LAS VEGAS (FOX5) – Several veterinary centers in the Las Vegas Valley have been forced to adjust the way they deal with curbside service or have closed completely, resulting in an influx of patients to other clinics.
A demand for more pet care and fewer providers is part of a nationwide shortage.
Veterinarian specializing in animals has two day clinics in Henderson and an emergency hospital on Charleston Boulevard.
Ronnie Lee, director of business development, said there were extended wait times throughout the valley.
“Vegas, Henderson, Valley has about 205 veterinary surgeries, night and Sunday, or about 2 or 3 that provide emergency services,” Lee said.
He said of the valley’s estimated 2 million people, an estimated 49% are pet owners, leaving one million animals in the care of 205 centers.
Dr Joe Owens, co-owner of Animal Focus-Vet Horizon, said he’s noticed an influx of patients when some clinics are closing. They are currently paving the way to ensure the safety of their staff.
“We have been essential workers, we haven’t had a break, we can’t do it at home,” Dr Owens said.
Retention is difficult in the field. Dr Owens said the mental and emotional toll is not something vets and other veterinary staff are prepared for in medical school. Dr Owens used to speak quarterly at different vet schools before the pandemic to raise this reality.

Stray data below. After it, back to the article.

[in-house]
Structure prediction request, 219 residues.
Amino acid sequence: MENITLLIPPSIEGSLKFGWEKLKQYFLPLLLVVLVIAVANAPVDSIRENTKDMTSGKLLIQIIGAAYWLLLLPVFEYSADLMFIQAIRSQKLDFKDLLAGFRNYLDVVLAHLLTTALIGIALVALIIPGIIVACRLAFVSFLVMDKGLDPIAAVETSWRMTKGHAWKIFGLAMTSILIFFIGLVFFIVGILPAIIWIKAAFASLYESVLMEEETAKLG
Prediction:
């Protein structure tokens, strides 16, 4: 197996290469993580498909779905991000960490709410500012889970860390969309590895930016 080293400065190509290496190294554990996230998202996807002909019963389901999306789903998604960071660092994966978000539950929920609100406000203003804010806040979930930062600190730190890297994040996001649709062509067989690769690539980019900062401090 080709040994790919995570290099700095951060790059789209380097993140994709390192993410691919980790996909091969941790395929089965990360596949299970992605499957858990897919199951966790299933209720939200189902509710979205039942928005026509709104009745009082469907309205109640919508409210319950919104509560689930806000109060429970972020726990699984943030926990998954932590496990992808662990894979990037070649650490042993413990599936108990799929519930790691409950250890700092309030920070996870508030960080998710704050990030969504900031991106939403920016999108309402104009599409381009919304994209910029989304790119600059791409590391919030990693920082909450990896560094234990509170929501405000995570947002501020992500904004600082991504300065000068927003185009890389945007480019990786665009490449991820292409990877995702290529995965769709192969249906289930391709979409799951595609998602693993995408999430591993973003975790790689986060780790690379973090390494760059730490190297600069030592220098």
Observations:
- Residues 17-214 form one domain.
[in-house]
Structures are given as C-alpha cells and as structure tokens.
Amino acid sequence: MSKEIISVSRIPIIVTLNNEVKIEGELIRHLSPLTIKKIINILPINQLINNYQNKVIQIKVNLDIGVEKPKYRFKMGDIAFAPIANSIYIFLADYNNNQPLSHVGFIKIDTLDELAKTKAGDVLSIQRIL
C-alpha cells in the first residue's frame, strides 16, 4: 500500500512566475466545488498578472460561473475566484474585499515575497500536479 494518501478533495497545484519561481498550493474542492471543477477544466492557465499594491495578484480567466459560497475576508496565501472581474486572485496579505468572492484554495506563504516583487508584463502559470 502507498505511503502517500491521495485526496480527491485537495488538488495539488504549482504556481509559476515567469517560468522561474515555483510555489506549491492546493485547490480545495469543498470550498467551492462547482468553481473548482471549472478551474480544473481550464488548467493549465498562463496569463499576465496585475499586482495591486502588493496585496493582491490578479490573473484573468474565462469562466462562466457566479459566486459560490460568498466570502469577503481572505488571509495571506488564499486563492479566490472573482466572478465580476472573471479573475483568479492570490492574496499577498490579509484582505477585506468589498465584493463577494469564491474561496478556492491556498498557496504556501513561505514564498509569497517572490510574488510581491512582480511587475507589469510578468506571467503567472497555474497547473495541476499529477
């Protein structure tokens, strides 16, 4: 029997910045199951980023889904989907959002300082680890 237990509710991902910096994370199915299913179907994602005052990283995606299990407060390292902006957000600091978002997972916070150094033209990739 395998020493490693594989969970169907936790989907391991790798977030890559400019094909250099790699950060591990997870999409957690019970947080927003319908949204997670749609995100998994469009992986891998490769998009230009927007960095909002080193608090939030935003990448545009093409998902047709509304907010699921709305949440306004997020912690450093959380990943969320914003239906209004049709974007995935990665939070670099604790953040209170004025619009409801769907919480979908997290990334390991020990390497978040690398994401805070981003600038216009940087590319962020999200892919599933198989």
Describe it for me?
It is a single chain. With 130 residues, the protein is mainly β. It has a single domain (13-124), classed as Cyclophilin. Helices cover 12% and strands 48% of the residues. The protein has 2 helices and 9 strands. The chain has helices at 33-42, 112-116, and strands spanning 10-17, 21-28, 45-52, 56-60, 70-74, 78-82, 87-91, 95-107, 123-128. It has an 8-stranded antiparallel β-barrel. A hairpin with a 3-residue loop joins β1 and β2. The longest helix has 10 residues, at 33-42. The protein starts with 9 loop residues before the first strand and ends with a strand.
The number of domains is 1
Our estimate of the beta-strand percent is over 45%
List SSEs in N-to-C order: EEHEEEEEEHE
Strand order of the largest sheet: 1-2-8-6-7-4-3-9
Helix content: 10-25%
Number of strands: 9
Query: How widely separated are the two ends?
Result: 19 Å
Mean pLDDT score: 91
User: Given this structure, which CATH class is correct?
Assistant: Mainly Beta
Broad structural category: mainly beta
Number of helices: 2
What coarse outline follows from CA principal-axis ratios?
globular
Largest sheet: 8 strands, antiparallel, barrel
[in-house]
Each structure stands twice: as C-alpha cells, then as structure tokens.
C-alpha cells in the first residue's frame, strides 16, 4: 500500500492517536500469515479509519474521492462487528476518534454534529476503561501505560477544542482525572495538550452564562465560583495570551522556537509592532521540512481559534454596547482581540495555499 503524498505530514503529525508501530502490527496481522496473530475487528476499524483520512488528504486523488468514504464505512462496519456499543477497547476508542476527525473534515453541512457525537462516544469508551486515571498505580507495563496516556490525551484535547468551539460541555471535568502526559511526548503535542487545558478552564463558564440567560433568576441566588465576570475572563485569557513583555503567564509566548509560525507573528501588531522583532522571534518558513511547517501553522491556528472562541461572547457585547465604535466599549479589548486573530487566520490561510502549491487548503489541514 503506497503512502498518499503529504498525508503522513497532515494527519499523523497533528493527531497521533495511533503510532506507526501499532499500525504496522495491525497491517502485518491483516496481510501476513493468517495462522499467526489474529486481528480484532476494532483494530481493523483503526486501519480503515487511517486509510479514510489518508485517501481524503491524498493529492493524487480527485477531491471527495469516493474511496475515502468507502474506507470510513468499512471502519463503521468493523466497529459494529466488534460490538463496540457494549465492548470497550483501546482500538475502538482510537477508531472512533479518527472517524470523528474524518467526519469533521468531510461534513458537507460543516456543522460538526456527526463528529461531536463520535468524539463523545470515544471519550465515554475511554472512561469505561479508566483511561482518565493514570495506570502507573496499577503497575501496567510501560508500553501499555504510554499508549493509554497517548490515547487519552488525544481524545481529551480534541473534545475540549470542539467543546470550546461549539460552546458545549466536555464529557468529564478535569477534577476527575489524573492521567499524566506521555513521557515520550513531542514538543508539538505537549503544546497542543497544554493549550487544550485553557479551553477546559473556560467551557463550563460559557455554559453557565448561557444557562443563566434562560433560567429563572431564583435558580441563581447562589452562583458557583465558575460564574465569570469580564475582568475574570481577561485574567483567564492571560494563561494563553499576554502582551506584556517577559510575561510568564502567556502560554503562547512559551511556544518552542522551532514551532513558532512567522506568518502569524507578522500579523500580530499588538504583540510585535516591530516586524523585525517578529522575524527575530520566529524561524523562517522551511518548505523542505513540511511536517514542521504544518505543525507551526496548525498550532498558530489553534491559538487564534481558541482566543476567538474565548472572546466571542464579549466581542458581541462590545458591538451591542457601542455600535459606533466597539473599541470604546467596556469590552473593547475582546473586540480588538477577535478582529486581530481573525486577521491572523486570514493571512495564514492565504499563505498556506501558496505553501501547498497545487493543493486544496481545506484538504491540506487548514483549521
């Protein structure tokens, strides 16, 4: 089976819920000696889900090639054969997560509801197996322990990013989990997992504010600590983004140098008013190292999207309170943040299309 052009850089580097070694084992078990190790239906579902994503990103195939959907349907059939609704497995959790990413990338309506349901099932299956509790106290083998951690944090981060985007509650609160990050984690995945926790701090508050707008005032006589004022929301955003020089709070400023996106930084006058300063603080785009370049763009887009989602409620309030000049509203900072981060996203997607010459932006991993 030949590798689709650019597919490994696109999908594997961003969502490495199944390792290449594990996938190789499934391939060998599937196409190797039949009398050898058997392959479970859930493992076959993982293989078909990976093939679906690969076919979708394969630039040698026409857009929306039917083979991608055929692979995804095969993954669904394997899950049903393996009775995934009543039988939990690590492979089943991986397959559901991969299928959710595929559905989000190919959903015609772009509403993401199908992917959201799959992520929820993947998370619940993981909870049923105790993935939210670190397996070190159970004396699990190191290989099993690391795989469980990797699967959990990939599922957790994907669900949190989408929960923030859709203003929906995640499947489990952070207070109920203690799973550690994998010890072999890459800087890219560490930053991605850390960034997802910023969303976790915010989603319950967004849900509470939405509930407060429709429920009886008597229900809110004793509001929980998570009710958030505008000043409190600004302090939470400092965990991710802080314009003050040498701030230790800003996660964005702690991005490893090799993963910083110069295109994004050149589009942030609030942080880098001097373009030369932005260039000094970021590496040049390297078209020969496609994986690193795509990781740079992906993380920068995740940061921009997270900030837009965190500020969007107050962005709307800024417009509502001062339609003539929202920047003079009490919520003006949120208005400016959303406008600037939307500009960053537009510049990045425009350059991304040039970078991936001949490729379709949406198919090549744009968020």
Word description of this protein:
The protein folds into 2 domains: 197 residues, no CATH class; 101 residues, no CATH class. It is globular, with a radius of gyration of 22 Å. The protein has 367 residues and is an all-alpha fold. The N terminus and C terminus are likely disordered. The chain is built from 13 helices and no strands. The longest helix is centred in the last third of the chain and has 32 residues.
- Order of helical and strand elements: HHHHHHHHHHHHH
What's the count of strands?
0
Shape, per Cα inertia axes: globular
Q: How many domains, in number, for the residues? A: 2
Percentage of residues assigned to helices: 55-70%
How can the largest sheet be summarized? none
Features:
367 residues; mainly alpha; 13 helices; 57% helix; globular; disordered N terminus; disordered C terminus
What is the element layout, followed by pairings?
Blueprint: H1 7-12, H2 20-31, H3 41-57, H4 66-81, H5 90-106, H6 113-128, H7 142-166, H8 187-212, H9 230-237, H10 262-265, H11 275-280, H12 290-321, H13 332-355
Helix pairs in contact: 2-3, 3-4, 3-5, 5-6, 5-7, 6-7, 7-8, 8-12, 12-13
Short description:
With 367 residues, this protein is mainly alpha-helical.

“I was in the same position as them. But what they don’t tell you, you know, they teach you to practice medicine, they teach you to read blood tests, to read x-rays, to repair. an animal, but they don’t teach you – you can only do what the animal owner allows you to do, ”said Dr. Owens.
In addition to the challenges of supply and demand, mental health is a test on the ground.
“The stress runs deep, people don’t understand what we’re going through, we’re humans too and not only are we humans who care, I’m not a mechanic, I’m a vet. It was eight years of school, ”said Dr Owens.
According to the Veterinary Hope Foundation, veterinarians are about three times more likely than the general population to kill themselves.
“It’s very common and you know I know a few colleagues who have been there, who have been there, we have lost them,” Dr Owens said.
He said having thick skin is important.
“You see a lot of things, a lot of abuse, a lot of neglect, and it gets worse with overtime,” Dr. Owens said. Her mantra is that you don’t care more than the owner of the animal.
The biggest challenge according to Dr. Owens is the misconception that a rabies vaccine is a seal of approval for pet health care and that nothing else needs to be done. He stresses the importance of being an animal advocate and said that assurance is vital from the start.
He hopes pet parents will remember being patient with their local vets and staff.
“You don’t agree with an estimate or a treatment plan or whatever we say, just be respectful. Okay, because I’m a human too, ”Dr Owens said.